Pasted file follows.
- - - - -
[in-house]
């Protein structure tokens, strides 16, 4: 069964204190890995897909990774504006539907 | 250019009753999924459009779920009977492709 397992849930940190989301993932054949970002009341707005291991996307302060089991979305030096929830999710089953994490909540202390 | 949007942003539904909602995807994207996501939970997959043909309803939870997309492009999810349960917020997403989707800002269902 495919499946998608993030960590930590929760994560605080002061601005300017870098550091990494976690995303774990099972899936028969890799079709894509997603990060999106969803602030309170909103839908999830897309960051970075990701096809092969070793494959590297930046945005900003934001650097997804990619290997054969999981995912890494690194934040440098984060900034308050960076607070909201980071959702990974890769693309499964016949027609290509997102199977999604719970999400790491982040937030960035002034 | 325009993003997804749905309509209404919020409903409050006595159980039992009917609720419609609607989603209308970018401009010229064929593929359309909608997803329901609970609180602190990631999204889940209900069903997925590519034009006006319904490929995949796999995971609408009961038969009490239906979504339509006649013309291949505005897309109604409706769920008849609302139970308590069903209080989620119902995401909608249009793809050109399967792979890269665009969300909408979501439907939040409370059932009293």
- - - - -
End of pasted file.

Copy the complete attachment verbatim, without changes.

[in-house]
């Protein structure tokens, strides 16, 4: 069964204190890995897909990774504006539907 | 250019009753999924459009779920009977492709 397992849930940190989301993932054949970002009341707005291991996307302060089991979305030096929830999710089953994490909540202390 | 949007942003539904909602995807994207996501939970997959043909309803939870997309492009999810349960917020997403989707800002269902 495919499946998608993030960590930590929760994560605080002061601005300017870098550091990494976690995303774990099972899936028969890799079709894509997603990060999106969803602030309170909103839908999830897309960051970075990701096809092969070793494959590297930046945005900003934001650097997804990619290997054969999981995912890494690194934040440098984060900034308050960076607070909201980071959702990974890769693309499964016949027609290509997102199977999604719970999400790491982040937030960035002034 | 325009993003997804749905309509209404919020409903409050006595159980039992009917609720419609609607989603209308970018401009010229064929593929359309909608997803329901609970609180602190990631999204889940209900069903997925590519034009006006319904490929995949796999995971609408009961038969009490239906979504339509006649013309291949505005897309109604409706769920008849609302139970308590069903209080989620119902995401909608249009793809050109399967792979890269665009969300909408979501439907939040409370059932009293």